Victoria Shen (A.K.A. Evicshen) / Henrik Munkeby Nørstebø / Audrey Chen
Eroteme comes out of its hibernation period to celebrate Cambodian New Year ចូលឆ្នាំថ្មី with a night of ecstatic noise & food.
Uncompromising & idiosyncratic solo performances from DIY-instrument builder Victoria Shen (a.k.a. Evicshen), dystopian amplified trombone of Henrik Munkeby Nørstebø & the visceral improvised vocalizing of Audrey Chen.
Food and Drinks will be provided by the good folks at The Mekong Cat
Victoria Shen is a sound artist, experimental music performer, and instrument-maker based in San Francisco.
Shen’s sound practice is concerned with the spatiality/physicality of sound and its relationship to the human body. Her music features analog modular synthesizers, vinyl/resin records, and self-built electronics. Eschewing conventions in harmony and rhythm in favor of extreme textures and gestural tones, Shen uses what she calls “chaotic sound” to oppose signal and information, eluding traditionally embedded meaning.
Her personal identity; her body; is the space her work utilizes to restructure sonic meaning. In her live performances, she proposes an exploration between meaning and non-meaning through the physical activation of noise tropes. Her probing into these melodic voids interrogate the ways we perceive value within aural experiences. The appendage-like instruments and objects she makes, exemplify Shen’s ability to embody through sound her interest in the tension created by opposition: control and chaos, the unique and the mass produced, the practical and the absurd.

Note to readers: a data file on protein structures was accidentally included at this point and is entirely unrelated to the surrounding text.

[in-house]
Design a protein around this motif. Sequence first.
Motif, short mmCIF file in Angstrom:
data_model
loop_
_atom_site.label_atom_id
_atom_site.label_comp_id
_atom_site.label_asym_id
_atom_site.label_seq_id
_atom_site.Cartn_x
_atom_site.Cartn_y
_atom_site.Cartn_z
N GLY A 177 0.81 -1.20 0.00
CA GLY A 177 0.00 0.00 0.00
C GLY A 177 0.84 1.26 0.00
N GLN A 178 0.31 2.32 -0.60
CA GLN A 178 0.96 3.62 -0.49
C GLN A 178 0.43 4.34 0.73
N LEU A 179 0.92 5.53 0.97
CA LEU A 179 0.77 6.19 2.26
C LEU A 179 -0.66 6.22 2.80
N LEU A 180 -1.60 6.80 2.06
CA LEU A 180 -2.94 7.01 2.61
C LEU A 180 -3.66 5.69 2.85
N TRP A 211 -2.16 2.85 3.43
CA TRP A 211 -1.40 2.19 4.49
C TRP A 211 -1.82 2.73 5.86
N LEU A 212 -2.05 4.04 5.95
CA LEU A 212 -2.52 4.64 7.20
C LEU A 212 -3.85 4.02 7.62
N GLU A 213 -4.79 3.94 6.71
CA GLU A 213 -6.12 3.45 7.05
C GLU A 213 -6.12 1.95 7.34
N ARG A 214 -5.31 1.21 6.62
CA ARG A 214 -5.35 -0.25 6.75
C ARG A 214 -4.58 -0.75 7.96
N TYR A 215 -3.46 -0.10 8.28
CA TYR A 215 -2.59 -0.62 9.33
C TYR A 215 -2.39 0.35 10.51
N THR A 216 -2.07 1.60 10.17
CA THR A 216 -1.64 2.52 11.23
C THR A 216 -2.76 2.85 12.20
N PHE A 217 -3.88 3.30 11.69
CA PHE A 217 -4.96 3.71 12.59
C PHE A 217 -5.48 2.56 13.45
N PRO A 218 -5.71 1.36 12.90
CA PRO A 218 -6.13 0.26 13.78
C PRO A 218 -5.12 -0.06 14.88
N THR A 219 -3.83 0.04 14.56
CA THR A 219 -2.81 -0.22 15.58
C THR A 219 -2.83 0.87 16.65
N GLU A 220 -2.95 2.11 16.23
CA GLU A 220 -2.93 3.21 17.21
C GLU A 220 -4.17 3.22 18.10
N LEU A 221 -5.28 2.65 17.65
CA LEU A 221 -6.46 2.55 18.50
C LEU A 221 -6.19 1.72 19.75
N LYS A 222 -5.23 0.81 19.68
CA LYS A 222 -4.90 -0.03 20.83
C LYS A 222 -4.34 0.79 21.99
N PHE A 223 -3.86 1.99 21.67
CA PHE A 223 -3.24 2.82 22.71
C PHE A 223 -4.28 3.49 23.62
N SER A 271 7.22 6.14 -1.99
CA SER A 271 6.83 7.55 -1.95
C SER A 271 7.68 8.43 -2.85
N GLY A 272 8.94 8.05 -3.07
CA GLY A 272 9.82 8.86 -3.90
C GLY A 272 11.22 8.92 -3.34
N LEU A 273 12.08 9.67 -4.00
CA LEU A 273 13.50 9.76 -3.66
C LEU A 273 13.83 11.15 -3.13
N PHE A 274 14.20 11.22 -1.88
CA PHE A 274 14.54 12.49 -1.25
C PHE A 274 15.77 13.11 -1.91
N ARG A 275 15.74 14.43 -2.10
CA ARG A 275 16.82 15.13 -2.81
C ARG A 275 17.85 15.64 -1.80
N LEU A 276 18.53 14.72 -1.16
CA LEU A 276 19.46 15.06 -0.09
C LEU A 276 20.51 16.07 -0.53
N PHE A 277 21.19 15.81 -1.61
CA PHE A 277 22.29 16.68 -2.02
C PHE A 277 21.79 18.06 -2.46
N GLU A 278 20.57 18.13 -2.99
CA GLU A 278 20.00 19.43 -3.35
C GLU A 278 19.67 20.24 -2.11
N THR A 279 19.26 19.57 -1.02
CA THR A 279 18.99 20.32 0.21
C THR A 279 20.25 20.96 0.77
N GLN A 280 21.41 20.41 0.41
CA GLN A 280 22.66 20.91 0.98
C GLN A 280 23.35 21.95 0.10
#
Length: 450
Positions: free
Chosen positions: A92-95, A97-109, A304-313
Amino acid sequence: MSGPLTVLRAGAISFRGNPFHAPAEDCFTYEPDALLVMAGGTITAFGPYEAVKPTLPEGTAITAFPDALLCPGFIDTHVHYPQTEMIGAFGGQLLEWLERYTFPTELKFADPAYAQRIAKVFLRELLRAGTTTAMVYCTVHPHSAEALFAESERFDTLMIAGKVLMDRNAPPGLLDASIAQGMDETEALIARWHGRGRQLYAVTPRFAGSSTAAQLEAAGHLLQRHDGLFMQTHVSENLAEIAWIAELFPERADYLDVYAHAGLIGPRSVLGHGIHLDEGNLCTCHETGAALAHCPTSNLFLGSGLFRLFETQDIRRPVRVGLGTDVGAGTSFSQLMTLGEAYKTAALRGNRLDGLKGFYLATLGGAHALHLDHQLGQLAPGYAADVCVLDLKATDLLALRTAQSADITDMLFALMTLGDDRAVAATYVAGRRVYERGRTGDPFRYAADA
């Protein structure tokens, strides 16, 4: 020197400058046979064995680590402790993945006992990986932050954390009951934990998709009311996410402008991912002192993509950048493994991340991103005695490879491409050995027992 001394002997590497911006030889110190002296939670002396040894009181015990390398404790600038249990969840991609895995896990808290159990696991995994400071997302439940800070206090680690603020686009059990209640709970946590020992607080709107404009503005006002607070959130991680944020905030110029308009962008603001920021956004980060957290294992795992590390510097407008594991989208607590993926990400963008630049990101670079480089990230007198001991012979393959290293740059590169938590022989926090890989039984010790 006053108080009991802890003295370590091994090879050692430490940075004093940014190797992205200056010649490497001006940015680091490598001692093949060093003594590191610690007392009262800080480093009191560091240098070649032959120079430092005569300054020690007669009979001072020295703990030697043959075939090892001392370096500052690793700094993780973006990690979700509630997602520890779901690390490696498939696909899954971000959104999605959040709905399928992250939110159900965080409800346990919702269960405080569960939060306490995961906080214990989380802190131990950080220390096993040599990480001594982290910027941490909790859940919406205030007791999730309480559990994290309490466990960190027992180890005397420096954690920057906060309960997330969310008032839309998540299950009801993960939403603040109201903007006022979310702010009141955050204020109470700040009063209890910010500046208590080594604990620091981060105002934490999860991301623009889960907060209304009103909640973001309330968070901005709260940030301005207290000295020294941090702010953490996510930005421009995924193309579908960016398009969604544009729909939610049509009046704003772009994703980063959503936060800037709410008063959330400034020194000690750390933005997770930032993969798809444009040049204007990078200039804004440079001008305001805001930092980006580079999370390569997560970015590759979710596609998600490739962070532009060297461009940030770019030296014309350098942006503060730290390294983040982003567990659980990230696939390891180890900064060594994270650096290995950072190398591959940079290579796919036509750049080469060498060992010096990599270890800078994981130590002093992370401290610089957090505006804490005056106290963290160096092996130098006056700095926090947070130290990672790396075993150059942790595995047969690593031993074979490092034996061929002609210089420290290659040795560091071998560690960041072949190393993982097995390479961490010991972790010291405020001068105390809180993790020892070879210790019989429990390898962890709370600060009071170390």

Henrik Munkeby Nørstebø is a trombonist and sound artist based in Berlin and Trondheim, focusing on live performance as well as a wide range of compositional and cross disciplinary projects. His current solo setup consists of heavily amplified trombone, analogue electronics and occasional field recordings, and undulates between claustrophobic tension and moments of ecstatic release. Breath is at the core of the project, and Nørstebø is utilizing an air compressor-like use of lungs, nuanced microphone technique and gain adjustments in order to unearth the intense physicality of the inherent low volume sound material.
Using the cello, voice and occasional analog electronics, Audrey Chen’s work delves deeply into her own version of narrative and non-linear storytelling. A large component of her music is improvised, is completely un-processed and her approach to this is extremely personal and visceral. Her playing explores the combination and layering of an analog synthesizer, preparations and traditional and extended techniques in both the voice and cello. She works to join these elements into a singular ecstatic personal language.